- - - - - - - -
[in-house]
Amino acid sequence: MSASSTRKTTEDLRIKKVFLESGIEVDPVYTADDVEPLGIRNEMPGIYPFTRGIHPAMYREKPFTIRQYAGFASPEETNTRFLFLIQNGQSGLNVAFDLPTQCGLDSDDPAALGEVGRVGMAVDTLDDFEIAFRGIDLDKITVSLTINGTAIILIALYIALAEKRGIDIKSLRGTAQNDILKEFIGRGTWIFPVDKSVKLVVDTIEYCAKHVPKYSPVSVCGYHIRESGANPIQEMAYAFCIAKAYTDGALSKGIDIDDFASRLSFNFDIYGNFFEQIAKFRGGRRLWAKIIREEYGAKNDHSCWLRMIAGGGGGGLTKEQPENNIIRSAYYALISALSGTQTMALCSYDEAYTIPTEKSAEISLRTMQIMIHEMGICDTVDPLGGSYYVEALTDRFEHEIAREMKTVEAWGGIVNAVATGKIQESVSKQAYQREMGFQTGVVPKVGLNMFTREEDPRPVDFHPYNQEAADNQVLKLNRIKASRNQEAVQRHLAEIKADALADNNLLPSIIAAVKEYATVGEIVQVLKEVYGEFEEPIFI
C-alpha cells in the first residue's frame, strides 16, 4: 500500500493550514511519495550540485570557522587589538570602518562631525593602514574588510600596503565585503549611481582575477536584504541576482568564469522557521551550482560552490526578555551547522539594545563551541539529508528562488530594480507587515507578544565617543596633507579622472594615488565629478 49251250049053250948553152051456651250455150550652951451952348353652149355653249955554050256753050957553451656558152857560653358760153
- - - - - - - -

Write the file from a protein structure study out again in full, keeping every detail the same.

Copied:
[in-house]
Amino acid sequence: MSASSTRKTTEDLRIKKVFLESGIEVDPVYTADDVEPLGIRNEMPGIYPFTRGIHPAMYREKPFTIRQYAGFASPEETNTRFLFLIQNGQSGLNVAFDLPTQCGLDSDDPAALGEVGRVGMAVDTLDDFEIAFRGIDLDKITVSLTINGTAIILIALYIALAEKRGIDIKSLRGTAQNDILKEFIGRGTWIFPVDKSVKLVVDTIEYCAKHVPKYSPVSVCGYHIRESGANPIQEMAYAFCIAKAYTDGALSKGIDIDDFASRLSFNFDIYGNFFEQIAKFRGGRRLWAKIIREEYGAKNDHSCWLRMIAGGGGGGLTKEQPENNIIRSAYYALISALSGTQTMALCSYDEAYTIPTEKSAEISLRTMQIMIHEMGICDTVDPLGGSYYVEALTDRFEHEIAREMKTVEAWGGIVNAVATGKIQESVSKQAYQREMGFQTGVVPKVGLNMFTREEDPRPVDFHPYNQEAADNQVLKLNRIKASRNQEAVQRHLAEIKADALADNNLLPSIIAAVKEYATVGEIVQVLKEVYGEFEEPIFI
C-alpha cells in the first residue's frame, strides 16, 4: 500500500493550514511519495550540485570557522587589538570602518562631525593602514574588510600596503565585503549611481582575477536584504541576482568564469522557521551550482560552490526578555551547522539594545563551541539529508528562488530594480507587515507578544565617543596633507579622472594615488565629478 49251250049053250948553152051456651250455150550652951451952348353652149355653249955554050256753050957553451656558152857560653358760153